Watch CBS News
By Alain Sherter
U.S. markets recovered Thursday after President Joe Biden unveiled new sanctions against Russia in reaction to Russian President Vladimir Putin’s military action in Ukraine. Earlier in the day, stocks had dived on concerns that the incursion could roil the global economy.
The Dow closed higher, rising 91 points to 33,223. That swing came after the index had plunged more than 800 points in early trading. Other major U.S. stock indices also recovered their footing, with the S&P 500 rising 1.5% by the close of trading and the tech-heavy Nasdaq jumping 3.3%.
“Russia invading Ukraine has added to an already tense year, with investors selling first and asking questions later,” said LPL Financial chief market strategist Ryan Detrick in an email. “But it is important to know that past major geopolitical events were usually short-term market issues, especially if the economy was on solid footing.”
Meanwhile, the prices of major cryptocurrencies continued their slump this week as the Russia-Ukraine crisis boiled over and crypto buyers and other investors sought safer havens like the U.S. dollar and gold.
Like stocks, Bitcoin slumped in early trading on Thursday but recovered later in the day. The price for the cryptocurrency rose 3.2% on Thursday.
The Ukraine attack began moments after Russian President Vladimir Putin announced that he had “decided to conduct a special military operation” to protect eastern Ukraine’s Donbas region. CBS News correspondents reported hearing loud blasts in the capital city, Kyiv, and in the eastern city of Kharkiv.
A Ukrainian government spokesperson said early Thursday that “cruise and ballistic missile strikes are underway at the control centers” in Kyiv.
Oil prices jumped 7.5%, topping more than $100 a barrel for the first time since 2014, on concerns that the crisis in Eastern Europe could disrupt Russian supplies of crude. Russia accounts for about 12% of the world’s oil supply and provides about 40% of gas to the European Union. Most of that fuel is delivered through pipelines, including in Ukraine, according to Eurasia Group.
President Biden on Thursday declared Russia’s continuing assault on Ukraine a “premeditated attack” and announced additional economic sanctions the U.S. and Western allies will impose on Russia.
“Putin is the aggressor. Putin chose this war. And now he and his country will bear the consequences,” Mr. Biden said during remarks at the White House, hours after the Russian assault on Ukraine began.
The president said the U.S. will impose sanctions on four of Russia’s largest banks, in addition to two financial institutions the U.S. sanctioned earlier this week, meaning “every asset they have in America will be frozen,” he said. The U.S. and Western allies are also imposing new export controls, which Mr. Biden said will block more than half of Russia’s high-tech imports and strike a blow to Moscow’s military and technological capabilities.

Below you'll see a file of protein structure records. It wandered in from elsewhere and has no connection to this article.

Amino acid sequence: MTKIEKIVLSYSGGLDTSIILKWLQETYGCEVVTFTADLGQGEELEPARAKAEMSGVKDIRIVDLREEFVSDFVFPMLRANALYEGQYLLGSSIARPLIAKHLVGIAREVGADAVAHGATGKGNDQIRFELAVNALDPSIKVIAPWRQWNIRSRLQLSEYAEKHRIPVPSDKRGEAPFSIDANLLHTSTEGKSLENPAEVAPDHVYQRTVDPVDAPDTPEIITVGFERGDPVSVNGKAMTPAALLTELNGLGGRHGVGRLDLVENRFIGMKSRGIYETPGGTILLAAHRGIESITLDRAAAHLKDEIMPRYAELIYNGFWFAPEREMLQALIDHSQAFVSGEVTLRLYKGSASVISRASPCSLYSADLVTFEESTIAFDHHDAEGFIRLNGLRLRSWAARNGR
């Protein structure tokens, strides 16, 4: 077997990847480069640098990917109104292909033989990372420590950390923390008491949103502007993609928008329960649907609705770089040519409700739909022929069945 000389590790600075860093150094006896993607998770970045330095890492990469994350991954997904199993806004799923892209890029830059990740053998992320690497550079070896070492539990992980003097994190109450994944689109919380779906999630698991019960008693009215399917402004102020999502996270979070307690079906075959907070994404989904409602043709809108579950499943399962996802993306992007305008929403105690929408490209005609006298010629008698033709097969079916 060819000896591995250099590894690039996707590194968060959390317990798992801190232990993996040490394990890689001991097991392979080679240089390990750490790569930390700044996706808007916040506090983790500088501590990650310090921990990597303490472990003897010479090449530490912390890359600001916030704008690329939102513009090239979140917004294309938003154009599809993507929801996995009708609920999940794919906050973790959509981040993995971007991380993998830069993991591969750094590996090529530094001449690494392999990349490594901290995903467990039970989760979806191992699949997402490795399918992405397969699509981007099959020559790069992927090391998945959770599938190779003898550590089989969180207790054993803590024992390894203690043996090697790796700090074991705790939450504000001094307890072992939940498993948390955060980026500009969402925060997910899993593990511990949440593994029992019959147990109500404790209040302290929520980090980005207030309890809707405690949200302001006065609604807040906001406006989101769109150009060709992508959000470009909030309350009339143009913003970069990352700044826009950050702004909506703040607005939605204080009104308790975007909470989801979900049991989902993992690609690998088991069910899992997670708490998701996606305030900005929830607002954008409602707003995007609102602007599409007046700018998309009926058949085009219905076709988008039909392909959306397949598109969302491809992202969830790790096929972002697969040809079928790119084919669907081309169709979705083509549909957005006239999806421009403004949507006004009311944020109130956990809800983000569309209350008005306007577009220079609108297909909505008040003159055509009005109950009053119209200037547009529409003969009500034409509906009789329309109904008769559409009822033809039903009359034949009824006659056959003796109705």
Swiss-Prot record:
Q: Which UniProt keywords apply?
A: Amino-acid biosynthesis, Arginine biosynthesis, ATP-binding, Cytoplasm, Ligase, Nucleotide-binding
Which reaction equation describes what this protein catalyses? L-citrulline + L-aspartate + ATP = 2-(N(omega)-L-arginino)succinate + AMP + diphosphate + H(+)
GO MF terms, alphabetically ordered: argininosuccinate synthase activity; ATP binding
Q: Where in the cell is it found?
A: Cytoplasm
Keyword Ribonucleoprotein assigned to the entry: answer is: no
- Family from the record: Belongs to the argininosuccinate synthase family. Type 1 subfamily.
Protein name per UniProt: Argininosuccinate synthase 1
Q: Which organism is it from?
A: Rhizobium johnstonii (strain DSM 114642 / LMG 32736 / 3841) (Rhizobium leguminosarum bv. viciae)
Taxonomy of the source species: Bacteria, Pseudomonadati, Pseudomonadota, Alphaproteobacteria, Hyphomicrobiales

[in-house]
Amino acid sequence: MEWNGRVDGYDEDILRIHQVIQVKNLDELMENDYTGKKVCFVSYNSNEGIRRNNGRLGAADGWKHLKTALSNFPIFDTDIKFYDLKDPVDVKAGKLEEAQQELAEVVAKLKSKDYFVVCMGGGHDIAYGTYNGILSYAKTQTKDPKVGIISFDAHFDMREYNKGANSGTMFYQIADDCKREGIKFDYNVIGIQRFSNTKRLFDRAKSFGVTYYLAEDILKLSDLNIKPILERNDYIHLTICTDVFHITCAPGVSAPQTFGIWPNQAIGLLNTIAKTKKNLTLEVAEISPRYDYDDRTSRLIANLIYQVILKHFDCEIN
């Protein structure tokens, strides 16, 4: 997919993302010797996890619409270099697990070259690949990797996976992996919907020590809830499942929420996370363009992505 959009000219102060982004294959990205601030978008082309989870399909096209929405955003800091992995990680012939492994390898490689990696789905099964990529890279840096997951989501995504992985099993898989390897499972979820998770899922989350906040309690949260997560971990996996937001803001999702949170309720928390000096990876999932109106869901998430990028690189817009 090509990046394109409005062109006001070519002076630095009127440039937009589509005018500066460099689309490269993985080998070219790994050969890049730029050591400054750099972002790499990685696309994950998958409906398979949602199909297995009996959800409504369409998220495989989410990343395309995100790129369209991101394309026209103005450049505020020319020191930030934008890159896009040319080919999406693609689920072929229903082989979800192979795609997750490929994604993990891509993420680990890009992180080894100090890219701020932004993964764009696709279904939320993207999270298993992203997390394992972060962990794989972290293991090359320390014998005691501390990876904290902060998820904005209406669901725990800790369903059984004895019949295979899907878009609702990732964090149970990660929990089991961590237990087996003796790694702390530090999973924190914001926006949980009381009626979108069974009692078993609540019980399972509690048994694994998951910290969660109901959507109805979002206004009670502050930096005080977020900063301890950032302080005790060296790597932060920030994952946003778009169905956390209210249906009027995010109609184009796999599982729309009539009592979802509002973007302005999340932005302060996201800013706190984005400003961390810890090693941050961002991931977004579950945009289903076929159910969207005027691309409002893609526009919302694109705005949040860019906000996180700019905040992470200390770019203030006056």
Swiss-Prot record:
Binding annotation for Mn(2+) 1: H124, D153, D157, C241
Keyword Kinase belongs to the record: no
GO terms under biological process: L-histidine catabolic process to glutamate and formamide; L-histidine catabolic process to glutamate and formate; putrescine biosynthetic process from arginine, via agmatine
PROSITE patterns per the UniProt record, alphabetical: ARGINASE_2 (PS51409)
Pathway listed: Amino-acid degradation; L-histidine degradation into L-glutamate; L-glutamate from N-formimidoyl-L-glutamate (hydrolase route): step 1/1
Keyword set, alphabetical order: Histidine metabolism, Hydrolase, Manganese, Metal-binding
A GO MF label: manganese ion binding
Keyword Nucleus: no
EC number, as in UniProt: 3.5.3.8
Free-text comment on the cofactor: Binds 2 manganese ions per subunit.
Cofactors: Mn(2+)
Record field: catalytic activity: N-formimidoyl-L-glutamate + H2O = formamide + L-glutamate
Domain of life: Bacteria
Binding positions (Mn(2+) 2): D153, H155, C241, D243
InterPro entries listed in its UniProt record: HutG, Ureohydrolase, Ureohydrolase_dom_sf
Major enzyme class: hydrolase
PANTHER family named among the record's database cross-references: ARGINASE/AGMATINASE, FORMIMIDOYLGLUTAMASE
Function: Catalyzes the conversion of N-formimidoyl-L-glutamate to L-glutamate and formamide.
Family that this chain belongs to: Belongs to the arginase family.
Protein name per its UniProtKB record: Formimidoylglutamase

“The attack and sanctions response will have far-reaching impacts on the global economy,” analysts with political risk consulting firm Eurasia Group said in a report. “Oil and gas prices will rise significantly, reinforcing inflationary pressures and weighing on financial markets and global growth.”
Although the U.S. is not dependent on Russian energy, rising global oil costs since late 2021 have driven up prices at the pump for Americans. The national average for a gallon of gas is now $3.53 — 21 cents more than in January and 90 cents more than a year ago, according to AAA. The highest-ever price for a gallon of regular gas in the U.S. was $4.11 in July of 2008.
“Russia is one of the leading oil producers globally, behind only the United States and Saudi Arabia,” AAA spokesperson Andrew Gross said in a report. “And if they choose to withhold their oil from the global market, such a move would eventually be reflected in higher gas prices for American drivers.”
The S&P 500 fell 1.8% to an eight-month low on Wednesday and remains in “correction” territory, a loss of at least 10% from its recent peak, while the Dow and Nasdaq also finished lower. U.S. stocks have slumped this year on expectations by investors that the Federal Reserve is set to start hiking interest rates as early as next month in a bid to curb inflation.
— The Associated Press and Reuters contributed to this report.
Alain Sherter covers business and economic affairs for CBSNews.com.
First published on February 24, 2022 / 1:22 AM
© 2022 CBS Interactive Inc. All Rights Reserved.
Copyright ©2022 CBS Interactive Inc. All rights reserved.
Stocks swing and oil prices soar after Russia attacks Ukraine – CBS News
Watch CBS News